Americans continue to warm to annuities, and the Hispanic community can be part of that warming if insurers grasp what is important to Hispanics. If advisors embrace the importance of family, they will be able to cut through a thicket of data and reach the heart of the Hispanic consumer, experts say.
Some facts about Hispanics and annuities:
o U.S. Census Bureau estimates that the Hispanic market in America is expected to grow to 47.8 million in 2010 from 35.6 million in 2000;
o Production doubled for all fixed annuity products in first quarter 2005 over first quarter 2004 for Hispanic clients of Allianz Life Insurance Company of America, according to the company;
o Data cited by McDonald Marketing, Dallas, from the book “Racial and Ethnic Diversity” by Cheryl Russell, finds that Hispanics are 52% under the average for owning life insurance products, including annuities.
The picture that emerges, experts say, is one that has great potential if coupled with education about annuities and how they fit into financial services.
Annuities are wanted and needed by the Hispanic community, says Vince Vitiello, senior vice president of strategic initiatives, Allianz Life, Minneapolis.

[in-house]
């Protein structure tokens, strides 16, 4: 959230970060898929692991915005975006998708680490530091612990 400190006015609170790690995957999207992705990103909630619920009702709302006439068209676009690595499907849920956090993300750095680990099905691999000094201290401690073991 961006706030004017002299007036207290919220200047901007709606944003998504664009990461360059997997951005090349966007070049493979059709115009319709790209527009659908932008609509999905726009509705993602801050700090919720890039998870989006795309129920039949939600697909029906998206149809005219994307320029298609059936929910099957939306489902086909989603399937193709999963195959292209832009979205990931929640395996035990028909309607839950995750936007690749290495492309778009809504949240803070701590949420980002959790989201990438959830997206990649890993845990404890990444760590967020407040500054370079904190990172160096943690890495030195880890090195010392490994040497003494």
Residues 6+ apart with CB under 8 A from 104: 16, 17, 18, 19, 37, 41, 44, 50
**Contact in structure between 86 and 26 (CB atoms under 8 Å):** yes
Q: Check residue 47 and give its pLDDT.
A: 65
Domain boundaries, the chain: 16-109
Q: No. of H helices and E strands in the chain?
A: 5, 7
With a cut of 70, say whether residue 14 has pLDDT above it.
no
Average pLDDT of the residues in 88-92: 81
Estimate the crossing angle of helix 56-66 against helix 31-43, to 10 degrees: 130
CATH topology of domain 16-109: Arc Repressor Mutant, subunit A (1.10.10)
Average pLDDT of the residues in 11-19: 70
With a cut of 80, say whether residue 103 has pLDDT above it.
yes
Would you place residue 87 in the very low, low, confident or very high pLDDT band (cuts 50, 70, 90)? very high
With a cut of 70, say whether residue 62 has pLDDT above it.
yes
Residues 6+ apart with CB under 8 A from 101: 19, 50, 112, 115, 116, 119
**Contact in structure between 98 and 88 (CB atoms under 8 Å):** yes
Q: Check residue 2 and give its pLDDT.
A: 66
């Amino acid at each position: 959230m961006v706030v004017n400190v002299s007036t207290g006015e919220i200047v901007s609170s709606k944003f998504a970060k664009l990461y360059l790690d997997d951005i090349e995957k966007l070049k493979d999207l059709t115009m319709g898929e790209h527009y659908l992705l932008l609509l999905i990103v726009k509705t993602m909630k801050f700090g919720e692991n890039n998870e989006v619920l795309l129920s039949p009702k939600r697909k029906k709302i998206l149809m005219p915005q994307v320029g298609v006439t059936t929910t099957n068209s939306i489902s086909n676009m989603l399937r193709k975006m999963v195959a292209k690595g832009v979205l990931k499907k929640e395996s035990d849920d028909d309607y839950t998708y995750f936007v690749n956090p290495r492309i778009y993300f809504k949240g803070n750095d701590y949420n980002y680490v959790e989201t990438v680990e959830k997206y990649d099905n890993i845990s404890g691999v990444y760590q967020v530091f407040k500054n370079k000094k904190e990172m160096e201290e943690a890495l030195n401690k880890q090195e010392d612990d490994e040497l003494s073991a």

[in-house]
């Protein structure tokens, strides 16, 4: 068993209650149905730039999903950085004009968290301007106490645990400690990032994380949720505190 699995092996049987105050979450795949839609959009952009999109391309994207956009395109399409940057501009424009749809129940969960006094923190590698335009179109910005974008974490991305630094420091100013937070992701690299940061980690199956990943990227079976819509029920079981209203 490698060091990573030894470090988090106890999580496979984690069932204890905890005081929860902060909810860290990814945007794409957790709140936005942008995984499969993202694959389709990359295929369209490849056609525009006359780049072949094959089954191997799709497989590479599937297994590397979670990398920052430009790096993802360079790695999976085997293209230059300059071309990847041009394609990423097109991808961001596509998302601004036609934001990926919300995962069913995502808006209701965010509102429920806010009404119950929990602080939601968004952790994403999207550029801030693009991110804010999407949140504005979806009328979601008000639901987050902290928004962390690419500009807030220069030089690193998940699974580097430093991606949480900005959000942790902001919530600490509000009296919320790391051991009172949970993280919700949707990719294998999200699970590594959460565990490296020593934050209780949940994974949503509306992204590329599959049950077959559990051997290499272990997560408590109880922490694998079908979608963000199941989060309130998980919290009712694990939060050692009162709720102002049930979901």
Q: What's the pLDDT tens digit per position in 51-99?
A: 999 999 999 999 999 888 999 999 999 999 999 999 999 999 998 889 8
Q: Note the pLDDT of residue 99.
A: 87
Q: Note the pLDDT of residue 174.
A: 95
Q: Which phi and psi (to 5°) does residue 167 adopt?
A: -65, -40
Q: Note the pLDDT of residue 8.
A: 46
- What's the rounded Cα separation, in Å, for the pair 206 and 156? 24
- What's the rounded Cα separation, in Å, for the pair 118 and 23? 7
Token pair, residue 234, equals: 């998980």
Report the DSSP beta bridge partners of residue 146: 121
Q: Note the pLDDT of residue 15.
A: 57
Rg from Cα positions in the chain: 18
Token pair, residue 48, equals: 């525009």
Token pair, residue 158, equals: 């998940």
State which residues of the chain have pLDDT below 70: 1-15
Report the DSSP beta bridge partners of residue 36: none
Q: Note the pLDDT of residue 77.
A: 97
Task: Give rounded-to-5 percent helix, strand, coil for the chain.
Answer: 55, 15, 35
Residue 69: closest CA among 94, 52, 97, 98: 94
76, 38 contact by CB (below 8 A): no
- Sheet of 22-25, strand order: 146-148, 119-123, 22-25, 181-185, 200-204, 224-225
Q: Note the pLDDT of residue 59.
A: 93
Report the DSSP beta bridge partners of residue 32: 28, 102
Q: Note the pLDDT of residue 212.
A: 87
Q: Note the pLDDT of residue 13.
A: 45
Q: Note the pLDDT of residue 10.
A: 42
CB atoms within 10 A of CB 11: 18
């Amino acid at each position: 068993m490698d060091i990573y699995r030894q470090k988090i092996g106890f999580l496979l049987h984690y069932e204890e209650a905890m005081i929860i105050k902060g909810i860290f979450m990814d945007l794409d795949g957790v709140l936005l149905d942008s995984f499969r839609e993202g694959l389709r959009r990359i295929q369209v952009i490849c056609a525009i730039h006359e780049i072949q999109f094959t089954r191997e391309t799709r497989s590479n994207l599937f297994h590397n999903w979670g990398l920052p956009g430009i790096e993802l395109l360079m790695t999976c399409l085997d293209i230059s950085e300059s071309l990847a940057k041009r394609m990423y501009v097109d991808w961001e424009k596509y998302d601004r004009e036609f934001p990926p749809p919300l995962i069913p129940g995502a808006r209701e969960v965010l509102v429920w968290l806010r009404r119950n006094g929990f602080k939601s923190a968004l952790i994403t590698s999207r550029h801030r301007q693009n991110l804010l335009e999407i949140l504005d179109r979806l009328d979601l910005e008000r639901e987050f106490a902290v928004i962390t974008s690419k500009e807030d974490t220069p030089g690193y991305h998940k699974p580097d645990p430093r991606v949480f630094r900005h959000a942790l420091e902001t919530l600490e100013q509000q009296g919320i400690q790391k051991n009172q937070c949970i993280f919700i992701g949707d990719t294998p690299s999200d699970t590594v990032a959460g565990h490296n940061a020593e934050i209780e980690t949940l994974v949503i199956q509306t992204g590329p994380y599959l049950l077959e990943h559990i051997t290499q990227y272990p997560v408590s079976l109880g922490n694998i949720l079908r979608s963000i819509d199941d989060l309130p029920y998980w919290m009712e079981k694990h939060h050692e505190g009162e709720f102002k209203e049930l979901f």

Index annuities, which offer a guarantee and an upside potential, are popular with Hispanic clients, he adds.
The reason, Vitiello says, is that “there are a lot of first-time risk takers.” They are not comfortable with fluctuations in the market and prefer annuity products with guarantees and death benefits, he adds.
For this reason, there is not as much interest in variable annuities as there is with the fixed annuity, he continues.
The sensibilities may also be different, Vitiello explains: recent immigrants don’t want to die poor, but the mainstream consumer is looking to die rich.
He says that recent immigrants need companies to take an additional marketing step, which is to start by explaining what an annuity is. This needs to be available with bilingual marketing materials, he notes.
However, “it is not just about product” but rather meeting needs, he says. “If you are just selling product, you are doomed to failure. There needs to be trust both of the product and the organization.”
It is also about partnering with the Hispanic community. For instance, he says that Allianz Life understands education is important to the Hispanic community and has created a high school program, the Hispanic Heritage Youth Awards.
Understanding the nature of Hispanic clients is very important, according to Luis Strohmeier, certified financial planner based in Dayton, Ohio, with Summit Financial Partners, a division of AXA.